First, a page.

Rhomboencephalitis, at least in its acute phase, is often a severely disabling syndrome, and can be life threatening. A range of underlying conditions can lead to this clinical syndrome. Rapid diagnosis to initiate treatment early is key to a beneficial outcome. We report the case of a 22 year old Afro-Caribbean woman, who presented with a two -week history of walking difficulties, upper limb incoordination and slurred speech. Her brainstem function deteriorated at pace, and she developed hypersomnia. A broad diagnostic approach led to prophylactic treatment for the most common infectious causes. This did not improve her symptoms. Non-infectious inflammatory causes were therefore considered and plasma exchange treatment was initiated leading to marked improvement within days. Screening for autoimmune conditions confirmed aquaporin-4 positive neuromyelitis optica spectrum disorder (NMOSD) as the underlying cause. Immunotherapy with rituximab was started. So far, no relapse has been observed. While the definition of NMOSD continues to be refined, aquaporin-4 testing should be considered early in patients presenting with rhomboencephalitis who do not respond to antibiotic and antiviral treatment. Vigilance and early intervention are key to limit morbidity and mortality from NMOSD.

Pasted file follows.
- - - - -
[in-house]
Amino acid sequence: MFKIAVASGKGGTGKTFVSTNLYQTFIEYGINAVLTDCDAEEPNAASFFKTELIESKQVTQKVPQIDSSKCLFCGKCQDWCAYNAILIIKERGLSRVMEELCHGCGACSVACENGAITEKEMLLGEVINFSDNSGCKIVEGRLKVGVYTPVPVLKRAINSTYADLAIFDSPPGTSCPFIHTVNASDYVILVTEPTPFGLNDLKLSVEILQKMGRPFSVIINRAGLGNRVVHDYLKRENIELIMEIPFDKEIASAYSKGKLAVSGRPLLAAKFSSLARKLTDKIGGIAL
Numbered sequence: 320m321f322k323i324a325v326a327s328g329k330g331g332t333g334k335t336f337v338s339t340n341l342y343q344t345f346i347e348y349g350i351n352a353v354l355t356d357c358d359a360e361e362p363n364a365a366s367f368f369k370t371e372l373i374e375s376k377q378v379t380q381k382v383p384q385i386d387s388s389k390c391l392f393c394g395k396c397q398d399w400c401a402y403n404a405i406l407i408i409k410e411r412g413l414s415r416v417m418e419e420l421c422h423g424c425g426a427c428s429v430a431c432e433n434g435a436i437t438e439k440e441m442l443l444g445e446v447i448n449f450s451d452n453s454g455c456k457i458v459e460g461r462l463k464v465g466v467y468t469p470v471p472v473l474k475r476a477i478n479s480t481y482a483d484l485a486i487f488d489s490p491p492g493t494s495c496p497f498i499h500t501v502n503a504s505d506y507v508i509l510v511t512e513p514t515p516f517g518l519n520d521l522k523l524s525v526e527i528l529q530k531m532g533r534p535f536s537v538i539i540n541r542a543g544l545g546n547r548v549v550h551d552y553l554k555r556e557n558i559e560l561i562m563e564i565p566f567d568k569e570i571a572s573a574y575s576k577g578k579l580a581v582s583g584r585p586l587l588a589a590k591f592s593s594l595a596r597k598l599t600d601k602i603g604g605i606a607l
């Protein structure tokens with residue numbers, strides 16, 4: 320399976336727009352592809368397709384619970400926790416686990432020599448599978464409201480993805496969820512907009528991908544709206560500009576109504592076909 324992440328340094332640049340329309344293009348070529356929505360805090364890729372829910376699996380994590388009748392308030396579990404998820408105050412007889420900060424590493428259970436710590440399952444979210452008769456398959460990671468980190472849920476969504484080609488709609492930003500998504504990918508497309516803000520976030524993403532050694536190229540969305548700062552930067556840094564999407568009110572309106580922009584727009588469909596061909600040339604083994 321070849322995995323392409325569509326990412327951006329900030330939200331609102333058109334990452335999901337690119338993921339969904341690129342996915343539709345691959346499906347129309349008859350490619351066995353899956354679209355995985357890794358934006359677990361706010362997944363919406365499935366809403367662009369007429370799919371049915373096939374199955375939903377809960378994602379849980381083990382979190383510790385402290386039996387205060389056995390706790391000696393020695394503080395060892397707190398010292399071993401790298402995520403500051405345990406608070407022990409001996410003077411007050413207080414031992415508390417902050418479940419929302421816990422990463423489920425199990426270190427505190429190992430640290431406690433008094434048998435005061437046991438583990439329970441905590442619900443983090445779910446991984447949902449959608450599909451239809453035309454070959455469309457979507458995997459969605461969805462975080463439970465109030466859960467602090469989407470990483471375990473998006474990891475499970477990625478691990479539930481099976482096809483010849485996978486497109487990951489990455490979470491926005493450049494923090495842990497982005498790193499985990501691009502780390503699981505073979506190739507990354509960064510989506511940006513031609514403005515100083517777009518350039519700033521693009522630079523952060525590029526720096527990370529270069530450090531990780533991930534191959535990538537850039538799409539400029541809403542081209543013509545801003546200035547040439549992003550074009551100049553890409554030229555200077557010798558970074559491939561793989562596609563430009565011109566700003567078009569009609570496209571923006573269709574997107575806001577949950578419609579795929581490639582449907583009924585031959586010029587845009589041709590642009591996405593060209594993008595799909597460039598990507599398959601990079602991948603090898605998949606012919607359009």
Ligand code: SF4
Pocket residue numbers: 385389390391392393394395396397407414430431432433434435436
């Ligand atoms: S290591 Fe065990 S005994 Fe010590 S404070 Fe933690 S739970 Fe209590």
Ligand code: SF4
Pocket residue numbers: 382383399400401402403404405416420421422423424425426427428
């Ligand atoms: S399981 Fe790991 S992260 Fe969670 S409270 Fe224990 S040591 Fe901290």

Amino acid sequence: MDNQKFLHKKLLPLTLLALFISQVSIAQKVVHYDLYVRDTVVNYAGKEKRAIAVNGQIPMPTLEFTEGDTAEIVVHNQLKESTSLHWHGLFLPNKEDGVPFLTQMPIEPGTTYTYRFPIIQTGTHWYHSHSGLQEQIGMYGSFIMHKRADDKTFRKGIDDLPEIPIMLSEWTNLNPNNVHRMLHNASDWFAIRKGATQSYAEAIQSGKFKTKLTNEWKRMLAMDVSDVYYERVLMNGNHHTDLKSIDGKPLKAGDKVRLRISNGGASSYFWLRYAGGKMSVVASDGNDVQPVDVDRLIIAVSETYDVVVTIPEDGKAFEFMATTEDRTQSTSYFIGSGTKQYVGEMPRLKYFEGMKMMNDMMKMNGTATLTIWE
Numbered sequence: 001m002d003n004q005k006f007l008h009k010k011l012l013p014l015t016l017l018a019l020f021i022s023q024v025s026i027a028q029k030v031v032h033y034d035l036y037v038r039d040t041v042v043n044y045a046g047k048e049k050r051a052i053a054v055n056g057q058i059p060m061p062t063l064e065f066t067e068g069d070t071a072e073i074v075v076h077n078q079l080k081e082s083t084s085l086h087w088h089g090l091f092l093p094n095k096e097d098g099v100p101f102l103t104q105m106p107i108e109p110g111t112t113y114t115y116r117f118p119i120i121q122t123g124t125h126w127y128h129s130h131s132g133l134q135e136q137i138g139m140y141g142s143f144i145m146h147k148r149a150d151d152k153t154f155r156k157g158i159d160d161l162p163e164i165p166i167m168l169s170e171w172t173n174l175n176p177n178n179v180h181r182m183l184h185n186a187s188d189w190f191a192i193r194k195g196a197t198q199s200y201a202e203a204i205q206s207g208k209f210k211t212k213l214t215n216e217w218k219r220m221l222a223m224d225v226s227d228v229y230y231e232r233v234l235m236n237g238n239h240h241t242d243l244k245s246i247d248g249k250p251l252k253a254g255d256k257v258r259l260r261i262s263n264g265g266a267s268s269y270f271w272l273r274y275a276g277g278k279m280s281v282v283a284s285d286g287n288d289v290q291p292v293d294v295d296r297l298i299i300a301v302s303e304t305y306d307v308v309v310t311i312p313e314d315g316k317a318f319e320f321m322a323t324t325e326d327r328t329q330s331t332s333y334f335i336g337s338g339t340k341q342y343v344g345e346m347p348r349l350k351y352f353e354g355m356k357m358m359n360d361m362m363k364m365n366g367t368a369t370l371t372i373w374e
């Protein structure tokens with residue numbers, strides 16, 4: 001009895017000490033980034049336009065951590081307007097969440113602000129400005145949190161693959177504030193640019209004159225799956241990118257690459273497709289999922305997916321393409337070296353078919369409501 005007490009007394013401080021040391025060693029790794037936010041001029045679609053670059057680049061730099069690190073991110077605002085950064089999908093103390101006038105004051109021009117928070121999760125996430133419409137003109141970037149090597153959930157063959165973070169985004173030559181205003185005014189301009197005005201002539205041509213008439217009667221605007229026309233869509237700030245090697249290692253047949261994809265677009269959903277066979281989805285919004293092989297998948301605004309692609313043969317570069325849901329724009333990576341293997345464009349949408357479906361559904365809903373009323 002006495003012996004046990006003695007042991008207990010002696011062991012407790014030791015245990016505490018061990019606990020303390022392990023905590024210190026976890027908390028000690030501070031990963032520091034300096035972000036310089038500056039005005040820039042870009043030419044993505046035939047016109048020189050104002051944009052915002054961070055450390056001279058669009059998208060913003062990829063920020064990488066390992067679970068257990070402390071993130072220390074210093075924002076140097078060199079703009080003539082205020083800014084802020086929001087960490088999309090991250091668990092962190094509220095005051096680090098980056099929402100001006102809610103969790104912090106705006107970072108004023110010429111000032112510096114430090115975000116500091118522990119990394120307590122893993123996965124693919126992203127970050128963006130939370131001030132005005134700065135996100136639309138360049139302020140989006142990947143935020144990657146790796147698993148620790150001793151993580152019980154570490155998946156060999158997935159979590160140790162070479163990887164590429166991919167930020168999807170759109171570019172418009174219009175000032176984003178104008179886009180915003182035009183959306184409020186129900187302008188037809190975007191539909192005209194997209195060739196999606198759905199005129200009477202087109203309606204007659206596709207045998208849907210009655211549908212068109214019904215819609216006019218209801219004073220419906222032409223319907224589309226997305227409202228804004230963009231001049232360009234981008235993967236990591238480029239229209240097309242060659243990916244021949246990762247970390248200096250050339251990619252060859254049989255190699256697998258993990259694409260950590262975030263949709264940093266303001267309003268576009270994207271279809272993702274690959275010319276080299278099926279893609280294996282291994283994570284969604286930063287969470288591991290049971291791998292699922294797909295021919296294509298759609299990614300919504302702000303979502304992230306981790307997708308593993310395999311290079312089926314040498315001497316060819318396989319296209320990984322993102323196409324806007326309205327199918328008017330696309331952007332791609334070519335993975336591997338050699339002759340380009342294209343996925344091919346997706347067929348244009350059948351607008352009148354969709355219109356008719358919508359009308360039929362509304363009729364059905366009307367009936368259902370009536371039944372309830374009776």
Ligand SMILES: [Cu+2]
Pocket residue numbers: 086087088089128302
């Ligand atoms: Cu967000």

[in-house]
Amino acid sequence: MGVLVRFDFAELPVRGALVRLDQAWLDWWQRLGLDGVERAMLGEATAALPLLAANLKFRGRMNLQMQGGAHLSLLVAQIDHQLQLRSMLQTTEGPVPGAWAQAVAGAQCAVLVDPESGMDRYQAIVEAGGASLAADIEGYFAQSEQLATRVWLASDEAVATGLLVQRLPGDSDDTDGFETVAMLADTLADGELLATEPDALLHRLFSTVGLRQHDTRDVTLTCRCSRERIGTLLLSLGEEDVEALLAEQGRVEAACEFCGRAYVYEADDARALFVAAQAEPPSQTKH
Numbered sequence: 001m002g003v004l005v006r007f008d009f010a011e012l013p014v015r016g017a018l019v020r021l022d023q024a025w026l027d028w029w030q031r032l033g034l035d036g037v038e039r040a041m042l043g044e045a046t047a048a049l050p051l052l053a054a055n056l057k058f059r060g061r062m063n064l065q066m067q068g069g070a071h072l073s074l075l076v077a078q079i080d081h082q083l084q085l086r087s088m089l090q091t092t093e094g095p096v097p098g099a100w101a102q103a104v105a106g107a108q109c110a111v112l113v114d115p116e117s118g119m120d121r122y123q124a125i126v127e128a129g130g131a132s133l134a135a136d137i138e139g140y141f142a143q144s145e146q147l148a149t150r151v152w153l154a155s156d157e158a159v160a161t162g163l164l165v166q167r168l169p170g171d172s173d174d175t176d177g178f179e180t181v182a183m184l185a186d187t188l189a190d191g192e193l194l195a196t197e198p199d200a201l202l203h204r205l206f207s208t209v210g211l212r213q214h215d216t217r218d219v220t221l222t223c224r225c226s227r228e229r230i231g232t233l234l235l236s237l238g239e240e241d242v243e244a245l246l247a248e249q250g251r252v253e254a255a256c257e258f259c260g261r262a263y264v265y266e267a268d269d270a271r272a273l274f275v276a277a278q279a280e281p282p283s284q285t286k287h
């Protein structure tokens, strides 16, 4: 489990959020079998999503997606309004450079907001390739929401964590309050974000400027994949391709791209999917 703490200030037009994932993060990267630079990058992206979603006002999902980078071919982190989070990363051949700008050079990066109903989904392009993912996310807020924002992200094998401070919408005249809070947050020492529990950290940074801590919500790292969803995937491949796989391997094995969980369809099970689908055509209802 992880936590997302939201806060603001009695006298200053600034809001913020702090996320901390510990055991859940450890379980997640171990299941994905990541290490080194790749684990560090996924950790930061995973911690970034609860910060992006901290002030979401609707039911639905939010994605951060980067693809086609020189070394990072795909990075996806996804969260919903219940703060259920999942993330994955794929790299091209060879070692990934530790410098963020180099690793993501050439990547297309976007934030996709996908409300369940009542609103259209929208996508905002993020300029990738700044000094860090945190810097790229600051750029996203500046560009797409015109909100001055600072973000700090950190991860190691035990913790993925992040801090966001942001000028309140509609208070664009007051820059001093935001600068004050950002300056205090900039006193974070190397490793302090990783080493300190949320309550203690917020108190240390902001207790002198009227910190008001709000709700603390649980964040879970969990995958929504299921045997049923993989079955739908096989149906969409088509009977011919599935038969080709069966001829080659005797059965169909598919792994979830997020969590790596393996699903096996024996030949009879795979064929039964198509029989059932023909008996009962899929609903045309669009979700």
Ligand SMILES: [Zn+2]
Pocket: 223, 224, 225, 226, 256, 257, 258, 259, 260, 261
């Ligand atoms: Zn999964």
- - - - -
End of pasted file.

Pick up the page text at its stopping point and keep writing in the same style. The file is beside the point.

|Publisher||BMJ Case Reports|
|ISBN (Electronic)||doi: 10.1136/bcr-2017-222255|
|Publication status||Published - 2018|